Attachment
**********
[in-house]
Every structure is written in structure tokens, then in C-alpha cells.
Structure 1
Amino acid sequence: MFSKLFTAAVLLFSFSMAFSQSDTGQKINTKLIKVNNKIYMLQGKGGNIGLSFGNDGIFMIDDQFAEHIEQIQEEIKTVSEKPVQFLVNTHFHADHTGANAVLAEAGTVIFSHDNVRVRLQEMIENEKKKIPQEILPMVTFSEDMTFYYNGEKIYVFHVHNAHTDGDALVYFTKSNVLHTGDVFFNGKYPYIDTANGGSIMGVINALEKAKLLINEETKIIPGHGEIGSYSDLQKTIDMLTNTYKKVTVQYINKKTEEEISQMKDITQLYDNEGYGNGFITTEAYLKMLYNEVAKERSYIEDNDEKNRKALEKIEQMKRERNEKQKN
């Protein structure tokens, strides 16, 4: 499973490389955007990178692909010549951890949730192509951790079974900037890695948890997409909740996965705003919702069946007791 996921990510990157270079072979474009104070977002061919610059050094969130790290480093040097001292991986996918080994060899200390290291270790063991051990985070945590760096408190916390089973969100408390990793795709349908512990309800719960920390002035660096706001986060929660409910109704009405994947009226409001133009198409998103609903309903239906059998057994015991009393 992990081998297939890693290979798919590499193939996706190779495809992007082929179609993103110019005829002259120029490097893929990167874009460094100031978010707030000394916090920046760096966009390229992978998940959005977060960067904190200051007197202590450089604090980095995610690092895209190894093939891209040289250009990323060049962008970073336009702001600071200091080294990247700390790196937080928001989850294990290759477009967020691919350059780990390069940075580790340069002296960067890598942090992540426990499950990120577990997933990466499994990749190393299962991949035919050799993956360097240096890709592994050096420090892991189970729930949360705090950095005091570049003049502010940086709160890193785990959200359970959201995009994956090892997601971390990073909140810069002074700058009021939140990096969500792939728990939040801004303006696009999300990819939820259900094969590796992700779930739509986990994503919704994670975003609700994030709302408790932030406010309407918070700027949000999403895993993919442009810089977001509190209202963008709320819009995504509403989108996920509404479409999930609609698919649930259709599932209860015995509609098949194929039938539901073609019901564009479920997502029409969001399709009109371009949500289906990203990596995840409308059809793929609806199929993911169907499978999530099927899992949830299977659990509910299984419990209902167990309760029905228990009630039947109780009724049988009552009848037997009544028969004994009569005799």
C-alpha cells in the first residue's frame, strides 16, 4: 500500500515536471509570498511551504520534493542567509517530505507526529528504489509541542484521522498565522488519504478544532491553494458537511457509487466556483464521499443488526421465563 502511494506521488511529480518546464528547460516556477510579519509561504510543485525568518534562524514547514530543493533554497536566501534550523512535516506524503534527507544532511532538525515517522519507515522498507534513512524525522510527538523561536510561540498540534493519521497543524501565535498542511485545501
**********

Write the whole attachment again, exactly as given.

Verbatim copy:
[in-house]
Every structure is written in structure tokens, then in C-alpha cells.
Structure 1
Amino acid sequence: MFSKLFTAAVLLFSFSMAFSQSDTGQKINTKLIKVNNKIYMLQGKGGNIGLSFGNDGIFMIDDQFAEHIEQIQEEIKTVSEKPVQFLVNTHFHADHTGANAVLAEAGTVIFSHDNVRVRLQEMIENEKKKIPQEILPMVTFSEDMTFYYNGEKIYVFHVHNAHTDGDALVYFTKSNVLHTGDVFFNGKYPYIDTANGGSIMGVINALEKAKLLINEETKIIPGHGEIGSYSDLQKTIDMLTNTYKKVTVQYINKKTEEEISQMKDITQLYDNEGYGNGFITTEAYLKMLYNEVAKERSYIEDNDEKNRKALEKIEQMKRERNEKQKN
């Protein structure tokens, strides 16, 4: 499973490389955007990178692909010549951890949730192509951790079974900037890695948890997409909740996965705003919702069946007791 996921990510990157270079072979474009104070977002061919610059050094969130790290480093040097001292991986996918080994060899200390290291270790063991051990985070945590760096408190916390089973969100408390990793795709349908512990309800719960920390002035660096706001986060929660409910109704009405994947009226409001133009198409998103609903309903239906059998057994015991009393 992990081998297939890693290979798919590499193939996706190779495809992007082929179609993103110019005829002259120029490097893929990167874009460094100031978010707030000394916090920046760096966009390229992978998940959005977060960067904190200051007197202590450089604090980095995610690092895209190894093939891209040289250009990323060049962008970073336009702001600071200091080294990247700390790196937080928001989850294990290759477009967020691919350059780990390069940075580790340069002296960067890598942090992540426990499950990120577990997933990466499994990749190393299962991949035919050799993956360097240096890709592994050096420090892991189970729930949360705090950095005091570049003049502010940086709160890193785990959200359970959201995009994956090892997601971390990073909140810069002074700058009021939140990096969500792939728990939040801004303006696009999300990819939820259900094969590796992700779930739509986990994503919704994670975003609700994030709302408790932030406010309407918070700027949000999403895993993919442009810089977001509190209202963008709320819009995504509403989108996920509404479409999930609609698919649930259709599932209860015995509609098949194929039938539901073609019901564009479920997502029409969001399709009109371009949500289906990203990596995840409308059809793929609806199929993911169907499978999530099927899992949830299977659990509910299984419990209902167990309760029905228990009630039947109780009724049988009552009848037997009544028969004994009569005799």
C-alpha cells in the first residue's frame, strides 16, 4: 500500500515536471509570498511551504520534493542567509517530505507526529528504489509541542484521522498565522488519504478544532491553494458537511457509487466556483464521499443488526421465563 502511494506521488511529480518546464528547460516556477510579519509561504510543485525568518534562524514547514530543493533554497536566501534550523512535516506524503534527507544532511532538525515517522519507515522498507534513512524525522510527538523561536510561540498540534493519521497543524501565535498542511485545501